Other new features revolve around social networking and remote access. With one button, you can broadcast video of your game play so friends elsewhere can watch. You can also run a game on the PS4 to stream over the Internet to Sony's mobile gaming device, the PlayStation Vita, which debuted last year.
The PlayStation online network will have access to Sony's video and music services, as well as Netflix, Hulu and Amazon—as long as you have subscriptions to those services. You'll also be able to access Facebook.
Sony said this week that it would not try to restrict sales of used games and that the PS4 would not require a persistent online connection. Microsoft has been criticized by gamers for being vague on whether Xbox One owners will be able to play used games. The company essentially leaves the decision to video game publishers, Wedbush analyst Michael Pachter said.
The PS4 will have a Blu-ray disc drive for movies, just like the PS3. The console will go on sale this holiday season, though Sony has not given an exact date. Analysts expect that it will likely be before Black Friday, the unofficial start of the holiday shopping season on the day after Thanksgiving.
Microsoft's new console seeks to deliver the Holy Grail of home entertainment—an all-in-one device that lets you watch television, play movies, listen to music and browse the Internet as well as play video games.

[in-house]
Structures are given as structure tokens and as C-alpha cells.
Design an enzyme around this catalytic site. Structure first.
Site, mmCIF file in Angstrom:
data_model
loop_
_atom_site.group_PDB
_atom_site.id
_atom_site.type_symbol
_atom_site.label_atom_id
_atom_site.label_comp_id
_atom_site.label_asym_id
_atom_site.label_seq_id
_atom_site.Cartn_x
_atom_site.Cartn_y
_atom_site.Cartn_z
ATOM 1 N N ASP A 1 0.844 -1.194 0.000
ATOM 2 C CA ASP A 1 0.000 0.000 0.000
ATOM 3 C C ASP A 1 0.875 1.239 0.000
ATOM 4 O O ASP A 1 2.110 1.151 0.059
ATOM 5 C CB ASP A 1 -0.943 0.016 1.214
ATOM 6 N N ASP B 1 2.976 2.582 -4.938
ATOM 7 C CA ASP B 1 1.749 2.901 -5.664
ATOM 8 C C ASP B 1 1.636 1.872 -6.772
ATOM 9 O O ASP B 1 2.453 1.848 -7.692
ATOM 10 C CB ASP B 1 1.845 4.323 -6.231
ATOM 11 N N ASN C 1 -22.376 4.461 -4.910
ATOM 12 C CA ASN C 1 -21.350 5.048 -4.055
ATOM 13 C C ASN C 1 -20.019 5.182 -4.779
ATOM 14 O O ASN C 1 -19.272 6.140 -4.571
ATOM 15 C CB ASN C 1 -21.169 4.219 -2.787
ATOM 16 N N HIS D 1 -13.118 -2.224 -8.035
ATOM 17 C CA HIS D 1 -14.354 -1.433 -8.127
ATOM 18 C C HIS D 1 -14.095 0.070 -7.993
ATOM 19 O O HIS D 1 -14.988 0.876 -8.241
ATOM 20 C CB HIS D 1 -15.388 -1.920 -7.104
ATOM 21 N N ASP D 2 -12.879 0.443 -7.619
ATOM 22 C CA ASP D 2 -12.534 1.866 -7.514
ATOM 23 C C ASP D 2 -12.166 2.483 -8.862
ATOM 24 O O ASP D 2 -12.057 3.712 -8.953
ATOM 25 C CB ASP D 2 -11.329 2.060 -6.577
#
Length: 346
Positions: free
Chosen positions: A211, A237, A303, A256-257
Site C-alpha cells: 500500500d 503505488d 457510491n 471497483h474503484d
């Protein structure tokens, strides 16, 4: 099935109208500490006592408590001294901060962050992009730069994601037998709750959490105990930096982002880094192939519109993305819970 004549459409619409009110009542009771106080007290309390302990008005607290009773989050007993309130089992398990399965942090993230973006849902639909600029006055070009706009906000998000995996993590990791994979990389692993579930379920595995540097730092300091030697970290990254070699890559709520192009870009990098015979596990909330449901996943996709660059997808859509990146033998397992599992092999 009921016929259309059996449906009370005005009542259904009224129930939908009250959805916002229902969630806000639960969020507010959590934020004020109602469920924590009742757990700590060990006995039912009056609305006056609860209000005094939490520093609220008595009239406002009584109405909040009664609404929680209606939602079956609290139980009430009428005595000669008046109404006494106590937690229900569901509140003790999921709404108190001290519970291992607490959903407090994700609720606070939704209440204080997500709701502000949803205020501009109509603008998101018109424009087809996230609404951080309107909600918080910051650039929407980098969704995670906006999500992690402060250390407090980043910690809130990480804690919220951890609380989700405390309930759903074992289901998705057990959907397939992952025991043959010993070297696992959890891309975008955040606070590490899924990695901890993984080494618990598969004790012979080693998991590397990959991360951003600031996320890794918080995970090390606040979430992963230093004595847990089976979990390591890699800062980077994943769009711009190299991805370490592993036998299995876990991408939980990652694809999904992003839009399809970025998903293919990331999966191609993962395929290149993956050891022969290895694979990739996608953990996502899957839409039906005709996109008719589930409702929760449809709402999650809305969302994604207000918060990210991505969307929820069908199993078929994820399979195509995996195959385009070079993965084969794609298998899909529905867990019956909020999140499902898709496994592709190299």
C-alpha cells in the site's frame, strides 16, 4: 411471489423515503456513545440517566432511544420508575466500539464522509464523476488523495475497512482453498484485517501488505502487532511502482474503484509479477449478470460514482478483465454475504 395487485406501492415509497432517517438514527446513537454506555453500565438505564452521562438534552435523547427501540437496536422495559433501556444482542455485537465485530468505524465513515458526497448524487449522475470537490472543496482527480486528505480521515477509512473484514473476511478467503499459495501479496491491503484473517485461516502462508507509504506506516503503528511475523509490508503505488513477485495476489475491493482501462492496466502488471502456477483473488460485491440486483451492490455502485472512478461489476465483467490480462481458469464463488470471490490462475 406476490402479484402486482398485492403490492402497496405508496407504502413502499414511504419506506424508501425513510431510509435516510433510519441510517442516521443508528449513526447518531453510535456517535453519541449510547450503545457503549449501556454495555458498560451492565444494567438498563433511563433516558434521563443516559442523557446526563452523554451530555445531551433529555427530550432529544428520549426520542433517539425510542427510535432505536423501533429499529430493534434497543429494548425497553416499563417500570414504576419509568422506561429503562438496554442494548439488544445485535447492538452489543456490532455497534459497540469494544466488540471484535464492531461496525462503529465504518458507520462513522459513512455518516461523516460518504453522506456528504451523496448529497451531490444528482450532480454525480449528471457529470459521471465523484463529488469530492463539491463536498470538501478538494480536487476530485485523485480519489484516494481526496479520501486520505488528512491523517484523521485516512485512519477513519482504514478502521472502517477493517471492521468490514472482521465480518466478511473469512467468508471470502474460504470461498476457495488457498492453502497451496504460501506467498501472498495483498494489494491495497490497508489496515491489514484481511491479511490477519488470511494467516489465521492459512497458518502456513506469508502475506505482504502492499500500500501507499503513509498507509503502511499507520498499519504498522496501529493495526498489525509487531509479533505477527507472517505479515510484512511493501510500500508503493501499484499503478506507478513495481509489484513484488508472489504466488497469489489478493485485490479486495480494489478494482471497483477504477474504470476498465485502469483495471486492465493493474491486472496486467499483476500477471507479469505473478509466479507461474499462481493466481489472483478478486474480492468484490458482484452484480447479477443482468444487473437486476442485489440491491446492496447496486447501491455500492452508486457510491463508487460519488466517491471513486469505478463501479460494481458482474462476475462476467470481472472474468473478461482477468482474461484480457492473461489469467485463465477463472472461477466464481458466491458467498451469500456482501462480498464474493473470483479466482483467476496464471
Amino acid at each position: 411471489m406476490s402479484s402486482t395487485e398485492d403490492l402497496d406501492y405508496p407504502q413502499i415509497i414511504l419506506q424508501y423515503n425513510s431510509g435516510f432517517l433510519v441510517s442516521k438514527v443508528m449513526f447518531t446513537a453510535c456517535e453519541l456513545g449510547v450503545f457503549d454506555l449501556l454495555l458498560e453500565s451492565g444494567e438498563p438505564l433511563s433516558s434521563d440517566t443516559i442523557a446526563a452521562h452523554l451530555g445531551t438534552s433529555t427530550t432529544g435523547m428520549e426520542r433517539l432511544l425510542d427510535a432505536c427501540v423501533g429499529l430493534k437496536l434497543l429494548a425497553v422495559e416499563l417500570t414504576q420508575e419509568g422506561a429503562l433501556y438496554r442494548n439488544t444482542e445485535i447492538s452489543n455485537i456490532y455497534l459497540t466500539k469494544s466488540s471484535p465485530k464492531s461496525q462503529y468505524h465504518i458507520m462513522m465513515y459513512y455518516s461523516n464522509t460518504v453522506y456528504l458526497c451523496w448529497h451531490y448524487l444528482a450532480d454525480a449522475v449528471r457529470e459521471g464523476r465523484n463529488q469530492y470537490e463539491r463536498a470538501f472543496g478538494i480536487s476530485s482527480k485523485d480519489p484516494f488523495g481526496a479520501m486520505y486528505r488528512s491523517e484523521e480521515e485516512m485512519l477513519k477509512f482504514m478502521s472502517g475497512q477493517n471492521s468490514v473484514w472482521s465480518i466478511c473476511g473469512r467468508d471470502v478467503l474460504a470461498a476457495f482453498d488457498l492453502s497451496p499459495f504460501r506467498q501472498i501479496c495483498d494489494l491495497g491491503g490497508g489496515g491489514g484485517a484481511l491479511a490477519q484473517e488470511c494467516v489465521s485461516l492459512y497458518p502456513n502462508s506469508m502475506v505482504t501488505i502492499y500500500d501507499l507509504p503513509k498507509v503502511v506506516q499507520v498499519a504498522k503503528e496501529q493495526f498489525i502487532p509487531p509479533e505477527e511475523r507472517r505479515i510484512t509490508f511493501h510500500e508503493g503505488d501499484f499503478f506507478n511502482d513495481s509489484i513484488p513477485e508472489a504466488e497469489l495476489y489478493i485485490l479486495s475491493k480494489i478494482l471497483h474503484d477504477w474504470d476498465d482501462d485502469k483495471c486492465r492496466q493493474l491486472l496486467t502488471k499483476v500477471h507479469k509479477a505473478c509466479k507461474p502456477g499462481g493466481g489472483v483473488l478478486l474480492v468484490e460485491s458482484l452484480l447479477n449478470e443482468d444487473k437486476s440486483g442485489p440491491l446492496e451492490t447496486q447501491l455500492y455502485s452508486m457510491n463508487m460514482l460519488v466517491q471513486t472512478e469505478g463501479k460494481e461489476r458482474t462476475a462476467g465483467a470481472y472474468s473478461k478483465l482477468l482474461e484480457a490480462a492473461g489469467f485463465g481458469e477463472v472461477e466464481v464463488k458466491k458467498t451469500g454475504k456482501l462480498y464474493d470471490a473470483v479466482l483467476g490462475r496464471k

The Xbox One lets you use voice commands to switch between watching TV and playing "Call of Duty," or ask "What's on HBO" to view a TV channel guide. Simply connect your cable or satellite set-top box to the game machine with an HDMI cable.
A new version of Microsoft's camera-based Kinect controller offers better motion and voice detection than the one currently available. Unlike the Xbox 360, the Xbox One will require Kinect, which will come with the package.
The company said the Xbox One will have to be connected to the Internet at least once every 24 hours and ideally would always be online. During its E3 presentation, Microsoft showed off games such as "Ryse: Son of Rome," ''Killer Instinct" and "Titanfall." ''Titanfall" is the first game from Respawn Entertainment, which was founded by the creators of "Call of Duty: Modern Warfare."
Although Nintendo's Wii was the most popular of the three at first, the Xbox 360 has outsold its rivals in recent years largely because of its robust online service, Xbox Live, which allows people to play games with others online for as much as $60 a year with annual plans. Activision Blizzard Inc.'s "Call of Duty," has been a driving force behind Xbox Live, and Microsoft said players will be able to download new content for upcoming titles in the series on the Xbox One before any other system.
Microsoft said the system will launch in time for the holidays.